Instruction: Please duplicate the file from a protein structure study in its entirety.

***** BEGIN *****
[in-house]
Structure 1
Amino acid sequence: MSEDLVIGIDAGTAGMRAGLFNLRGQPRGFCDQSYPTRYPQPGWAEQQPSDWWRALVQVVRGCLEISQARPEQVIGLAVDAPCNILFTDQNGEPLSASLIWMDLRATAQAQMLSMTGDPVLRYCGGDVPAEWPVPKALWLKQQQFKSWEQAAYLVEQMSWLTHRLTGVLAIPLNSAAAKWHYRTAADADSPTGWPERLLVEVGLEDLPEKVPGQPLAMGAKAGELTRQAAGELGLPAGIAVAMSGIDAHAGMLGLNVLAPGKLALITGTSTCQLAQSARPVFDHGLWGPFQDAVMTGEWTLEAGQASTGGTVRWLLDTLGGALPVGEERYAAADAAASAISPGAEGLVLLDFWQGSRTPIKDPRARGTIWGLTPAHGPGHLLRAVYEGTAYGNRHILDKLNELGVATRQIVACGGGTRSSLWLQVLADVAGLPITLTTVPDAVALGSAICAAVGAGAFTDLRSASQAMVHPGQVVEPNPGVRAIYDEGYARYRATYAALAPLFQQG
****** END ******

[in-house]
Structure 1
Amino acid sequence: MSEDLVIGIDAGTAGMRAGLFNLRGQPRGFCDQSYPTRYPQPGWAEQQPSDWWRALVQVVRGCLEISQARPEQVIGLAVDAPCNILFTDQNGEPLSASLIWMDLRATAQAQMLSMTGDPVLRYCGGDVPAEWPVPKALWLKQQQFKSWEQAAYLVEQMSWLTHRLTGVLAIPLNSAAAKWHYRTAADADSPTGWPERLLVEVGLEDLPEKVPGQPLAMGAKAGELTRQAAGELGLPAGIAVAMSGIDAHAGMLGLNVLAPGKLALITGTSTCQLAQSARPVFDHGLWGPFQDAVMTGEWTLEAGQASTGGTVRWLLDTLGGALPVGEERYAAADAAASAISPGAEGLVLLDFWQGSRTPIKDPRARGTIWGLTPAHGPGHLLRAVYEGTAYGNRHILDKLNELGVATRQIVACGGGTRSSLWLQVLADVAGLPITLTTVPDAVALGSAICAAVGAGAFTDLRSASQAMVHPGQVVEPNPGVRAIYDEGYARYRATYAALAPLFQQG